Biomechanical studies

DIC was used to evaluate the performance of each closure method in isolating the incision from physiologically relevant loading. The skin on either side of the closed incision was stretched to strains of five percent and 10% using a stretching apparatus as can be seen in Figure 1. High resolution images were captured after wound closure, apparatus application, and after loading. DIC software (Bio-X Technologies GmbH, Berlin, Germany), designed for tracking skin movement using the natural skin pattern, was used for image analysis.

The holding strength and fracture mechanism were evaluated with a wound tensioning setup as can be seen in Figure 2. After removal of the apparatus, towel clamps were applied to the skin ~35 mm away from each side of the incision. One clamp was held in place while the other was tensioned using a force gauge. The wound separation was visually assessed with a ruler. Force values, recorded at ~ 0.5 mm intervals of wound separation, were compared between the different wound closure methods. To control for mechanical property variations, half of the incision sites were closed with the tape-based device and the other half with sutures initially; staples were tested third to prevent them from disrupting the integrity of skin during the tensioning experiments. The pigs were euthanized at the conclusion of the study according to test facility protocols.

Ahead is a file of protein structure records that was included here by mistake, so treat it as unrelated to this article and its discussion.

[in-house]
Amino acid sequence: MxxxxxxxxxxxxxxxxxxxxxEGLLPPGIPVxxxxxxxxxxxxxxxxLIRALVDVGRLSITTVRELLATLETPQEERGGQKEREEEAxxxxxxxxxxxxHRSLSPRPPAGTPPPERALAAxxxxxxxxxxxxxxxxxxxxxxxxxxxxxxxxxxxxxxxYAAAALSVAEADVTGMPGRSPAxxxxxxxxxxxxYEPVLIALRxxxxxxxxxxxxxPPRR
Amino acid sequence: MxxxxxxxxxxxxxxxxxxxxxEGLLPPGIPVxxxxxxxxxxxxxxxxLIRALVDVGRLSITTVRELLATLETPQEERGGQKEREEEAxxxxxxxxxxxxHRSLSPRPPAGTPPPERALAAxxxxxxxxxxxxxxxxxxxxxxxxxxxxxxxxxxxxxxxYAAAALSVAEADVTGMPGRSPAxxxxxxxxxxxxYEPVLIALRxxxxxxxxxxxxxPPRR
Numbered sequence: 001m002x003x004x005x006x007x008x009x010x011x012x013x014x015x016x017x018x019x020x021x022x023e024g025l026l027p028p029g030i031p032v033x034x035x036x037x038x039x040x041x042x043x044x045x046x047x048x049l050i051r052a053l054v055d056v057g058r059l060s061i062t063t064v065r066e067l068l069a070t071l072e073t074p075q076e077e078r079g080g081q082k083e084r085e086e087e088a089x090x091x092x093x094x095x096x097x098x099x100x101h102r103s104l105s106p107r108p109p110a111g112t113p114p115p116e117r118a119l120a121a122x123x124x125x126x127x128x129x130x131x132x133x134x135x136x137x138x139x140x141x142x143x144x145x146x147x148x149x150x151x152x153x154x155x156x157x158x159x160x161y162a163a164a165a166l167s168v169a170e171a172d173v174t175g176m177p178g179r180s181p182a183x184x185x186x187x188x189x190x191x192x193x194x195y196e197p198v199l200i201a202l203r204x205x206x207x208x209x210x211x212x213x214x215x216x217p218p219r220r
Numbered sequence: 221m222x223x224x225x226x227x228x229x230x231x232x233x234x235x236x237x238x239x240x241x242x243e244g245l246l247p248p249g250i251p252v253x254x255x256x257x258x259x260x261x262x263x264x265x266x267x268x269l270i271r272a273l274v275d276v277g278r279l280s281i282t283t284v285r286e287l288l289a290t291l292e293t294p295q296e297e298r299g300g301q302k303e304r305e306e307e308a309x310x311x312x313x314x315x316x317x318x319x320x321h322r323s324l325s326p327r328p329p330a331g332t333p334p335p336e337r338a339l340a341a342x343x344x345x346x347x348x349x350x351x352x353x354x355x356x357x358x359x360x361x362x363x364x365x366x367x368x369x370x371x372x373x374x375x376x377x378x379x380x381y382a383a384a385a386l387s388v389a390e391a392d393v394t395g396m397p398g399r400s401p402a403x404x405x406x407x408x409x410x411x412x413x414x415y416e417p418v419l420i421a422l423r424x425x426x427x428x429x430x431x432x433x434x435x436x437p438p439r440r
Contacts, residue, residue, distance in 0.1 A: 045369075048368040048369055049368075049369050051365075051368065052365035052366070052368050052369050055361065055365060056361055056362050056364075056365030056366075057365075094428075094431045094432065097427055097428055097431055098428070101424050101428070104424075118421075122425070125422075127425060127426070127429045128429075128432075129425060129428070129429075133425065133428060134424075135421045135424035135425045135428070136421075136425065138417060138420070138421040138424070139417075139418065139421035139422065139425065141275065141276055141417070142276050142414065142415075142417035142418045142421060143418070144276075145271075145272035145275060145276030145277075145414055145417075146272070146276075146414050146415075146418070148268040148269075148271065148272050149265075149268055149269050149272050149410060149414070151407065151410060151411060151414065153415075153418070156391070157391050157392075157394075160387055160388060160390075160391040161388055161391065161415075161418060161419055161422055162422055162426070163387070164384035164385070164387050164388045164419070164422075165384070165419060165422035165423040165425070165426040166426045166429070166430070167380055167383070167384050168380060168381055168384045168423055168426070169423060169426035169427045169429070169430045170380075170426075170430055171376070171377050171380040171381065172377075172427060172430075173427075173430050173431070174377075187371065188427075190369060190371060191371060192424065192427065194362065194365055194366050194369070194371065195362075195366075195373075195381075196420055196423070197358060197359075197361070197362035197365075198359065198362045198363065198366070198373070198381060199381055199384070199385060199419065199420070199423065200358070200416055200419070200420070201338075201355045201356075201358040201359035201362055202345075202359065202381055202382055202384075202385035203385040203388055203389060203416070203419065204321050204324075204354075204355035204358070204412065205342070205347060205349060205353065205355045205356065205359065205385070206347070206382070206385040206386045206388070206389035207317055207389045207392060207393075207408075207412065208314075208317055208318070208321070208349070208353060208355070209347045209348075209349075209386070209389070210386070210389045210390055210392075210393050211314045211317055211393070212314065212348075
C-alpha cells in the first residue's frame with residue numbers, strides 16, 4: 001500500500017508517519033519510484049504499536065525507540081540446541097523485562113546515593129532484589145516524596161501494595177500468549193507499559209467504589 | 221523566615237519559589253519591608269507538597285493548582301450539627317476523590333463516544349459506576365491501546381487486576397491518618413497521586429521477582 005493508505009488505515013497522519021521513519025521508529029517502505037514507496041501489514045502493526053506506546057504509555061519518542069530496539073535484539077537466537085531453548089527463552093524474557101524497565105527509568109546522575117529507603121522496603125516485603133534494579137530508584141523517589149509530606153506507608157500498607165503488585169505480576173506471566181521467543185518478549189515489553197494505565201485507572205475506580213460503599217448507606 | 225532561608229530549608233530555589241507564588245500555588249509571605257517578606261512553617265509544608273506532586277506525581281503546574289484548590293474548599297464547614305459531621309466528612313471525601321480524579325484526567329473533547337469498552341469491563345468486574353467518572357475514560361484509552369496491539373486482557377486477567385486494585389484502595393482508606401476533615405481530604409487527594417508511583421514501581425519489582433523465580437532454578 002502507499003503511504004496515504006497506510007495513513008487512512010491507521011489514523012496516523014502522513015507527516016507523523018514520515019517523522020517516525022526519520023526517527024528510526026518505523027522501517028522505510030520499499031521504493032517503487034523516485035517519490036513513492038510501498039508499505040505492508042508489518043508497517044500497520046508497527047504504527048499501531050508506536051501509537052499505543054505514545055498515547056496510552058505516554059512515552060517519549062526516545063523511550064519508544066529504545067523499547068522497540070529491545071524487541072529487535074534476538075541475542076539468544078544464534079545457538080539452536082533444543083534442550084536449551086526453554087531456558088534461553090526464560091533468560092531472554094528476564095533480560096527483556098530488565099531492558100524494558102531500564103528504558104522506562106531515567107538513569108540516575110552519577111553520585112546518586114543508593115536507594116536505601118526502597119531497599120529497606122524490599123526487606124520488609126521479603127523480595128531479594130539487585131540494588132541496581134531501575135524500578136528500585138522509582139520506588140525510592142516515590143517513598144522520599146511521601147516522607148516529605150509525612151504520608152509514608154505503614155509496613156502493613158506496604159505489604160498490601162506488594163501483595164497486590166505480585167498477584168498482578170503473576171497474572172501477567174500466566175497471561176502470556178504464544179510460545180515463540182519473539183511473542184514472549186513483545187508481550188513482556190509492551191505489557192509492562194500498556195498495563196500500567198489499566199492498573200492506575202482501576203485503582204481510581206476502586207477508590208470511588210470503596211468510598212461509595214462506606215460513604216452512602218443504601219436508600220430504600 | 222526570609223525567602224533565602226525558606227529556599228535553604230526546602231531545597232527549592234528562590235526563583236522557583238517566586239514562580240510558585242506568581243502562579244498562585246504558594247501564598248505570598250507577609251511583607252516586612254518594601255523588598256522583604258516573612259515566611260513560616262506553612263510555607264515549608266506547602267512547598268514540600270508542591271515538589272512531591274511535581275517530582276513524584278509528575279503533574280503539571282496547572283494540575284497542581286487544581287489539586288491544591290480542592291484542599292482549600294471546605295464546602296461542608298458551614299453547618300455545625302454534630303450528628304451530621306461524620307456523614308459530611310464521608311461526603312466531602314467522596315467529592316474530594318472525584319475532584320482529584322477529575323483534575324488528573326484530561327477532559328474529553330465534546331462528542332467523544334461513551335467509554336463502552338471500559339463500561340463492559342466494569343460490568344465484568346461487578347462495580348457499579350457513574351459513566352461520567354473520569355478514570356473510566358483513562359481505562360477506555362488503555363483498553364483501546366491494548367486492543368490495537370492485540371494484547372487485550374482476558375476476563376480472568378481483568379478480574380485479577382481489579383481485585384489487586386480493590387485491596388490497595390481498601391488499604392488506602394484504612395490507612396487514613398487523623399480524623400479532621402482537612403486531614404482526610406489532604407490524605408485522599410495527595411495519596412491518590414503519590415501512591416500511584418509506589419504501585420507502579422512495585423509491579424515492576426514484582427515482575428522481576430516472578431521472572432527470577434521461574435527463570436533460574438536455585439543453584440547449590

Results

For physiologically relevant loading, the DIC analysis showed that the tape-based device holds the wound better and isolates the wound from nonuniform strains across the incision as shown in Figure 3. In the case of staples, the incision front was placed under shear for all sites (n = 6). The incision front did not move in the same direction and did not separate uniformly during loading. This indicates the presence of significant shear strains at transition points, and that creates a high propensity for post-surgical scarring [9]. In the case of sutures, shear strains were lower compared to staples but higher compared to the tape-based device. In 40% of the sites, sutures were unable to hold the wound intact, leading to dehiscence. The tape-based device showed better isolation from shear across the incision compared to staples and sutures, holding the wound intact and keeping the strains uniform along the incision. This would lead to better wound healing and reduced scarring [10-11].

For hold strength, the tensioning experiments demonstrated that both staples and the tape-based device had a similar and significantly higher holding strength with respect to sutures. The holding strength for the tape-based device, sutures, and staples were 9.7 ± 3.1, 0.8 ± 0.5, and 12.5 ± 4.8 lbs, respectively. The difference between the tape-based device and staples was not statistically significant (p > 0.05); staples and the tape-based device had a significantly higher holding strength with respect to sutures (p < 0.01). Notably, while the forces required to dehisce the stapled wound were relatively high, the staples were observed to pinch on the healthy skin tissue around the staples, leading to a strong inflammatory reaction.

Discussion